DP5502 India's Public Finances: Excessive Budget Deficits, a Government-Abused Financial System and Fiscal Rules
|Author(s):||Willem H. Buiter, Urjit R. Patel|
|Publication Date:||February 2006|
|Keyword(s):||financial intermediation, financial repression, fiscal sustainability, Indian public finance|
|JEL(s):||E5, E6, G1, G2, H6, O5|
|Programme Areas:||International Macroeconomics|
|Link to this Page:||cepr.org/active/publications/discussion_papers/dp.php?dpno=5502|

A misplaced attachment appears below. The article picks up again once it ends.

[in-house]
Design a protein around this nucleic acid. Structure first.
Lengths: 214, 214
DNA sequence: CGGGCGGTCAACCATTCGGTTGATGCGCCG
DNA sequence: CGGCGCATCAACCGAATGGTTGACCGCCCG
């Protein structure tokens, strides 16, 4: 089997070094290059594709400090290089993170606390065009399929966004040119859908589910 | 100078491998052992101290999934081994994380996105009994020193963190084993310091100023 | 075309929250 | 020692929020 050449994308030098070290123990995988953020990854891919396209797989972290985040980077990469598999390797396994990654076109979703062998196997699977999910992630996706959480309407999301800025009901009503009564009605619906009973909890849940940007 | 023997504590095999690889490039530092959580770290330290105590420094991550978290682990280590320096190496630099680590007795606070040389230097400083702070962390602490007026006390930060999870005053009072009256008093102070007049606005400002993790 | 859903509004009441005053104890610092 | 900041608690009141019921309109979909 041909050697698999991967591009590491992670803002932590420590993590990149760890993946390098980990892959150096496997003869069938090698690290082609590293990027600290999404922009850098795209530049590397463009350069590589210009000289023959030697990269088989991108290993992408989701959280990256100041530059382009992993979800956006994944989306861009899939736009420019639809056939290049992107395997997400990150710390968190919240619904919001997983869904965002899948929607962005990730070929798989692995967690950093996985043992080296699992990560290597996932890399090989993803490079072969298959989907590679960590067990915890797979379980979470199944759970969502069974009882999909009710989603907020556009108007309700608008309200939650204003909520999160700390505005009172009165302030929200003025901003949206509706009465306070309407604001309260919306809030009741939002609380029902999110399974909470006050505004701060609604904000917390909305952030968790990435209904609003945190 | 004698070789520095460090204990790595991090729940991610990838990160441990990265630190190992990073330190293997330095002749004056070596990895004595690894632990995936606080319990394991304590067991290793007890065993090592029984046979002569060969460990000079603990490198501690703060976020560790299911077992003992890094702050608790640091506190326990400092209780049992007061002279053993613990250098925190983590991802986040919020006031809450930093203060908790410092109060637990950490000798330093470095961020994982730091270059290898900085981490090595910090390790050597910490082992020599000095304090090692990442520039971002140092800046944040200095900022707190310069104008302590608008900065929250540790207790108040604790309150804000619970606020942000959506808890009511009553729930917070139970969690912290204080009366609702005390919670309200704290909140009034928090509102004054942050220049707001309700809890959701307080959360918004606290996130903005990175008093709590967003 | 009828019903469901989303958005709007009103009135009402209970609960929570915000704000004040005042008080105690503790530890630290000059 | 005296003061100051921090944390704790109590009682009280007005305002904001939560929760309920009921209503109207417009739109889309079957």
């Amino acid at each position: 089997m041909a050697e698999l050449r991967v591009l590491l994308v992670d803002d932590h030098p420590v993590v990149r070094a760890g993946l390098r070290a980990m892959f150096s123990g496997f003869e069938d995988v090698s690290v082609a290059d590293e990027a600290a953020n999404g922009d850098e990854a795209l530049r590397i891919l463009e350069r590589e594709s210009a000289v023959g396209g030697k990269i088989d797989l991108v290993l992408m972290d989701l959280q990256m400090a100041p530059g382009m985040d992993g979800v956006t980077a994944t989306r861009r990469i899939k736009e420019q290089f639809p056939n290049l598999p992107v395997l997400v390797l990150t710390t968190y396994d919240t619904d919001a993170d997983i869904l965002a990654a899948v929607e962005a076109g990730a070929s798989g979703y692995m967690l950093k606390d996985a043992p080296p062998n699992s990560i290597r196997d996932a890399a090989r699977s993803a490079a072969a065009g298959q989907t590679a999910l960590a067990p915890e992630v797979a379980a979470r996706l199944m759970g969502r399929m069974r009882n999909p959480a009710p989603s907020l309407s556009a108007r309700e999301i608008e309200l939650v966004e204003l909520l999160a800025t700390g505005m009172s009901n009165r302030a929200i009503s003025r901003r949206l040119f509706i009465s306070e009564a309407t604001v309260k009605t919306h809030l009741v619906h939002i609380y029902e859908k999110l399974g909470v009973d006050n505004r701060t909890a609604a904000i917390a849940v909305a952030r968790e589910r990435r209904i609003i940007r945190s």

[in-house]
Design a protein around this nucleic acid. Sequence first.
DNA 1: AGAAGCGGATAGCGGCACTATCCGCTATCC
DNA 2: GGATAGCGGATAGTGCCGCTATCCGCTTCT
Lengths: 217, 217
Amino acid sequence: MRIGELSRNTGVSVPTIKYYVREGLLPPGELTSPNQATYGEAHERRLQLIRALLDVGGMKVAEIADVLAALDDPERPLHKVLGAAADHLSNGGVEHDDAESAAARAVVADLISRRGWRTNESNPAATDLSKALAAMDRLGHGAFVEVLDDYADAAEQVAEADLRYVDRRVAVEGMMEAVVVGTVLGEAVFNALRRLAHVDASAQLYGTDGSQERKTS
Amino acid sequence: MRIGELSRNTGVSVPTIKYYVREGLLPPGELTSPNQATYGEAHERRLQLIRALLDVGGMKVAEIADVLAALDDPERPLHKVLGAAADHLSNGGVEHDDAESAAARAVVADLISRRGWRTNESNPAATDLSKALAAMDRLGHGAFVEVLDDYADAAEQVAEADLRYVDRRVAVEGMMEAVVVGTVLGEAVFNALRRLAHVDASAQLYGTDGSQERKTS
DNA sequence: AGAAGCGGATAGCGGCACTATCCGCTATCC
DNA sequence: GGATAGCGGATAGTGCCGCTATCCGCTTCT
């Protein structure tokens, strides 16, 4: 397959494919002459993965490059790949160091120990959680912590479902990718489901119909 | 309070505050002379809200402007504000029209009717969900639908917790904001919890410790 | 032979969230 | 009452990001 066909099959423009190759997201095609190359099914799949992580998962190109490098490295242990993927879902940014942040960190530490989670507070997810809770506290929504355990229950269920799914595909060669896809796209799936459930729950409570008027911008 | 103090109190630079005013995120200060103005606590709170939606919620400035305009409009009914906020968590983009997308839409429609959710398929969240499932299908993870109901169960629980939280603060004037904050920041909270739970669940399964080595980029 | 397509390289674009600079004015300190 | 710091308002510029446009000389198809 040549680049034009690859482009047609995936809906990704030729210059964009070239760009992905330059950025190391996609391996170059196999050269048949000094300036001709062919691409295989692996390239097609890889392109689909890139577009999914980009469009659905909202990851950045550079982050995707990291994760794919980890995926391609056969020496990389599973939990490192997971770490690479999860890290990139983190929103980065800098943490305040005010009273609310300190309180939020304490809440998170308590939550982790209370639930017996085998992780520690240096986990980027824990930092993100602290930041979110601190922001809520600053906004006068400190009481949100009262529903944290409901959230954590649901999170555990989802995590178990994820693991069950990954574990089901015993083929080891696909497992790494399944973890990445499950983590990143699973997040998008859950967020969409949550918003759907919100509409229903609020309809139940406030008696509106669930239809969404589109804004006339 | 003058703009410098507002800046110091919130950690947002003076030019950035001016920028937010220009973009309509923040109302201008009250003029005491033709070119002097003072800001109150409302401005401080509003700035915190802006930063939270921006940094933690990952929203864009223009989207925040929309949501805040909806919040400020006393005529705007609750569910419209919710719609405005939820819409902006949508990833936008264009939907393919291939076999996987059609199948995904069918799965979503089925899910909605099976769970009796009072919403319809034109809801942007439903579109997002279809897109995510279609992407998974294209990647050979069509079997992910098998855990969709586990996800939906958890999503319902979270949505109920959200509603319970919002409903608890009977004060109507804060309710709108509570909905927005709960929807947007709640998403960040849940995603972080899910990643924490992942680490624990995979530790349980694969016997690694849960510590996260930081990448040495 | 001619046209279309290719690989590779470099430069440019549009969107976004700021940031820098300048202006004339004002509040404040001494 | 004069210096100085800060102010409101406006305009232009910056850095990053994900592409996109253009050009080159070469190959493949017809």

Capital formation is a key driver of the growth of potential output. With continuing widespread capital controls and persistently small inward FDI the volume of capital formation in India is constrained by domestic saving. The national saving rate in India (the sum of the saving rates of households, enterprises and the state) is depressed by the continuing large public sector deficits (and much below the near 40% of GDP saving rates achieved by China). Even this saving rate should be able to support a higher growth rate than has been achieved thus far. The reason it does not is that the intermediation of this saving into domestic capital formation is inefficient. Since the middle of the 1990s, India's public debt has risen steadily as a share of GDP, but remains below the levels achieved at the time of the 1991 currency crisis. The composition of this debt is, however, significantly different from that in 1991: external public debt is modest and international gold and foreign exchange reserves stand at historically high levels. The domestic debt is rupee-denominated. For all these reasons, government solvency may not be a pressing issue at this stage. Globally, risk-free rates at all maturities and all imaginable credit risk spreads are extraordinarily and unsustainably low. Continuation of the pattern of recent years - a steady increase in the debt-GDP ratio - will sooner or later raise the public debt to unsustainable levels. The fiscal rules adopted by the Indian Central Government under the Fiscal Responsibility and Budget Management Act do not address the key distortions imposed by the authorities on the private sector through financial repression, misguided regulations and inefficient ownership and incentive structures. Nor do they address the underlying fiscal sustainability problem faced by the Indian state. In addition, they create a mechanism for macroeconomic volatility-enhancing, pro-cyclical fiscal policy.